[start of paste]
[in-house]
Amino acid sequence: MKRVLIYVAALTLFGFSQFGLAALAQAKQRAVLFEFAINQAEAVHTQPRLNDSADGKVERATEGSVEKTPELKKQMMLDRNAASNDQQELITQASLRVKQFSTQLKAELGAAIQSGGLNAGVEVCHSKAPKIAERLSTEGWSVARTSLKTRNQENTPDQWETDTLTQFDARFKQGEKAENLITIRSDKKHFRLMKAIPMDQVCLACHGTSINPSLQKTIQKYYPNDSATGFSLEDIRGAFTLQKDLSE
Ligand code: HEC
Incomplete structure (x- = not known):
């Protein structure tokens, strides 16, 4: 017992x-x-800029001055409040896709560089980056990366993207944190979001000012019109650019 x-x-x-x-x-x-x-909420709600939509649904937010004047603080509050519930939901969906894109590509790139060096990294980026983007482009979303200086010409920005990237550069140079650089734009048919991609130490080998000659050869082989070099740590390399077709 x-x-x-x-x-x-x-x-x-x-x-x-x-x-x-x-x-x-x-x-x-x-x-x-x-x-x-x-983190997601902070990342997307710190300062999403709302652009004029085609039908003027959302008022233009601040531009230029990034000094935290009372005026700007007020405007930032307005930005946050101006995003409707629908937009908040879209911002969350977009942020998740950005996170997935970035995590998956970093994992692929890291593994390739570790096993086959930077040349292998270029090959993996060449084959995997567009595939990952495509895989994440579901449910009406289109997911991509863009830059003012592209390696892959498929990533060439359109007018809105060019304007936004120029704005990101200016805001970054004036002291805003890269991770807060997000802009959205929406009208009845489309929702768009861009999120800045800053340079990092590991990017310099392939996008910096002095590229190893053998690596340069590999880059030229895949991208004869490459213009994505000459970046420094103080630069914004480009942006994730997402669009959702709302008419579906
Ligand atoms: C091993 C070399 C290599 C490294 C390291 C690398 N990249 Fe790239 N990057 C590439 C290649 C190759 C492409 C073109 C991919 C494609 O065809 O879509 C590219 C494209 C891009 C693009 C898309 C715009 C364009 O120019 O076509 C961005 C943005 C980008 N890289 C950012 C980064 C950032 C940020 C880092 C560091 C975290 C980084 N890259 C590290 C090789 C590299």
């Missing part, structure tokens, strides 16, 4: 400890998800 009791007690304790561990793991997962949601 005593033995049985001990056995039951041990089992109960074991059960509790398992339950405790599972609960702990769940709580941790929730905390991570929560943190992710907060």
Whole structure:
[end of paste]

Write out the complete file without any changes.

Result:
[in-house]
Amino acid sequence: MKRVLIYVAALTLFGFSQFGLAALAQAKQRAVLFEFAINQAEAVHTQPRLNDSADGKVERATEGSVEKTPELKKQMMLDRNAASNDQQELITQASLRVKQFSTQLKAELGAAIQSGGLNAGVEVCHSKAPKIAERLSTEGWSVARTSLKTRNQENTPDQWETDTLTQFDARFKQGEKAENLITIRSDKKHFRLMKAIPMDQVCLACHGTSINPSLQKTIQKYYPNDSATGFSLEDIRGAFTLQKDLSE
Ligand code: HEC
Incomplete structure (x- = not known):
């Protein structure tokens, strides 16, 4: 017992x-x-800029001055409040896709560089980056990366993207944190979001000012019109650019 x-x-x-x-x-x-x-909420709600939509649904937010004047603080509050519930939901969906894109590509790139060096990294980026983007482009979303200086010409920005990237550069140079650089734009048919991609130490080998000659050869082989070099740590390399077709 x-x-x-x-x-x-x-x-x-x-x-x-x-x-x-x-x-x-x-x-x-x-x-x-x-x-x-x-983190997601902070990342997307710190300062999403709302652009004029085609039908003027959302008022233009601040531009230029990034000094935290009372005026700007007020405007930032307005930005946050101006995003409707629908937009908040879209911002969350977009942020998740950005996170997935970035995590998956970093994992692929890291593994390739570790096993086959930077040349292998270029090959993996060449084959995997567009595939990952495509895989994440579901449910009406289109997911991509863009830059003012592209390696892959498929990533060439359109007018809105060019304007936004120029704005990101200016805001970054004036002291805003890269991770807060997000802009959205929406009208009845489309929702768009861009999120800045800053340079990092590991990017310099392939996008910096002095590229190893053998690596340069590999880059030229895949991208004869490459213009994505000459970046420094103080630069914004480009942006994730997402669009959702709302008419579906
Ligand atoms: C091993 C070399 C290599 C490294 C390291 C690398 N990249 Fe790239 N990057 C590439 C290649 C190759 C492409 C073109 C991919 C494609 O065809 O879509 C590219 C494209 C891009 C693009 C898309 C715009 C364009 O120019 O076509 C961005 C943005 C980008 N890289 C950012 C980064 C950032 C940020 C880092 C560091 C975290 C980084 N890259 C590290 C090789 C590299």
């Missing part, structure tokens, strides 16, 4: 400890998800 009791007690304790561990793991997962949601 005593033995049985001990056995039951041990089992109960074991059960509790398992339950405790599972609960702990769940709580941790929730905390991570929560943190992710907060």
Whole structure: